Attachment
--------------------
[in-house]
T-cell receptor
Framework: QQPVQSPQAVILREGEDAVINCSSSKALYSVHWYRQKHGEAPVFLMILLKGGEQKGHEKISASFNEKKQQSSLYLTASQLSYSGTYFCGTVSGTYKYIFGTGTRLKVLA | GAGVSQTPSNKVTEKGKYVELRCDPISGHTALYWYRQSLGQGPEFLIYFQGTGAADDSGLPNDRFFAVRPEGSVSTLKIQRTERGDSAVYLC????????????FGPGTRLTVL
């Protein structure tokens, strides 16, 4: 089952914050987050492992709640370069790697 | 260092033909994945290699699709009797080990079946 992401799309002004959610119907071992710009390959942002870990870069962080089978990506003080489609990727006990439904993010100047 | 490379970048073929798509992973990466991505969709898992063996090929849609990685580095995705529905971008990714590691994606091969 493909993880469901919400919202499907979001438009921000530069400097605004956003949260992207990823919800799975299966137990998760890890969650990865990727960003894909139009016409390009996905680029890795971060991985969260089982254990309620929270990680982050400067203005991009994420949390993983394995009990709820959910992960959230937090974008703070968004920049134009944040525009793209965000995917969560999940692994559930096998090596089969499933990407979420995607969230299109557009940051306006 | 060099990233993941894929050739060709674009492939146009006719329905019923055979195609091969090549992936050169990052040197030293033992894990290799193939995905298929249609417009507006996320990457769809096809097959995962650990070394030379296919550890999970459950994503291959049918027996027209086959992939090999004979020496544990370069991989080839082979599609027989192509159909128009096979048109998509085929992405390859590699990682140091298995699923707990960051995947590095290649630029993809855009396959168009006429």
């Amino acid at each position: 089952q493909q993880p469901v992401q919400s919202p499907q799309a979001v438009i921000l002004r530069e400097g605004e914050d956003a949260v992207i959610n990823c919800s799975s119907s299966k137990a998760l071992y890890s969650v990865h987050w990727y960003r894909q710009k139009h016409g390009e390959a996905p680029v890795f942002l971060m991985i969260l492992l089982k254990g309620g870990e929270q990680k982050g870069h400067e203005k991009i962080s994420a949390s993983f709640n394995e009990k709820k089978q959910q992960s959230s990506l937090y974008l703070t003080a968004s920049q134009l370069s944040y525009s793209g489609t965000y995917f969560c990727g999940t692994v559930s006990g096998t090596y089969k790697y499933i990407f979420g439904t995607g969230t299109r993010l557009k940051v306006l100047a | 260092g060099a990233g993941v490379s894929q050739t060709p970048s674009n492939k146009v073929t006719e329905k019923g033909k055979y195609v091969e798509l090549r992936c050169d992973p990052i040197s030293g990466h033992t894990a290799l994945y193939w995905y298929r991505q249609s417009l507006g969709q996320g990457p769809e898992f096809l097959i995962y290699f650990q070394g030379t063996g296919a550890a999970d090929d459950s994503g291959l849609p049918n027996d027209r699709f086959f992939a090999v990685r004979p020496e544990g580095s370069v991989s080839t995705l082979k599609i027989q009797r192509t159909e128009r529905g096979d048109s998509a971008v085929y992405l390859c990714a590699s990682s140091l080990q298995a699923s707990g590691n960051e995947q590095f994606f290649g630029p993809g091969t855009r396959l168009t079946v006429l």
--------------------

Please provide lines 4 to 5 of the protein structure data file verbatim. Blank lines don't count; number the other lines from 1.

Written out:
């Protein structure tokens, strides 16, 4: 089952914050987050492992709640370069790697 | 260092033909994945290699699709009797080990079946 992401799309002004959610119907071992710009390959942002870990870069962080089978990506003080489609990727006990439904993010100047 | 490379970048073929798509992973990466991505969709898992063996090929849609990685580095995705529905971008990714590691994606091969 493909993880469901919400919202499907979001438009921000530069400097605004956003949260992207990823919800799975299966137990998760890890969650990865990727960003894909139009016409390009996905680029890795971060991985969260089982254990309620929270990680982050400067203005991009994420949390993983394995009990709820959910992960959230937090974008703070968004920049134009944040525009793209965000995917969560999940692994559930096998090596089969499933990407979420995607969230299109557009940051306006 | 060099990233993941894929050739060709674009492939146009006719329905019923055979195609091969090549992936050169990052040197030293033992894990290799193939995905298929249609417009507006996320990457769809096809097959995962650990070394030379296919550890999970459950994503291959049918027996027209086959992939090999004979020496544990370069991989080839082979599609027989192509159909128009096979048109998509085929992405390859590699990682140091298995699923707990960051995947590095290649630029993809855009396959168009006429």
């Amino acid at each position: 089952q493909q993880p469901v992401q919400s919202p499907q799309a979001v438009i921000l002004r530069e400097g605004e914050d956003a949260v992207i959610n990823c919800s799975s119907s299966k137990a998760l071992y890890s969650v990865h987050w990727y960003r894909q710009k139009h016409g390009e390959a996905p680029v890795f942002l971060m991985i969260l492992l089982k254990g309620g870990e929270q990680k982050g870069h400067e203005k991009i962080s994420a949390s993983f709640n394995e009990k709820k089978q959910q992960s959230s990506l937090y974008l703070t003080a968004s920049q134009l370069s944040y525009s793209g489609t965000y995917f969560c990727g999940t692994v559930s006990g096998t090596y089969k790697y499933i990407f979420g439904t995607g969230t299109r993010l557009k940051v306006l100047a | 260092g060099a990233g993941v490379s894929q050739t060709p970048s674009n492939k146009v073929t006719e329905k019923g033909k055979y195609v091969e798509l090549r992936c050169d992973p990052i040197s030293g990466h033992t894990a290799l994945y193939w995905y298929r991505q249609s417009l507006g969709q996320g990457p769809e898992f096809l097959i995962y290699f650990q070394g030379t063996g296919a550890a999970d090929d459950s994503g291959l849609p049918n027996d027209r699709f086959f992939a090999v990685r004979p020496e544990g580095s370069v991989s080839t995705l082979k599609i027989q009797r192509t159909e128009r529905g096979d048109s998509a971008v085929y992405l390859c990714a590699s990682s140091l080990q298995a699923s707990g590691n960051e995947q590095f994606f290649g630029p993809g091969t855009r396959l168009t079946v006429l």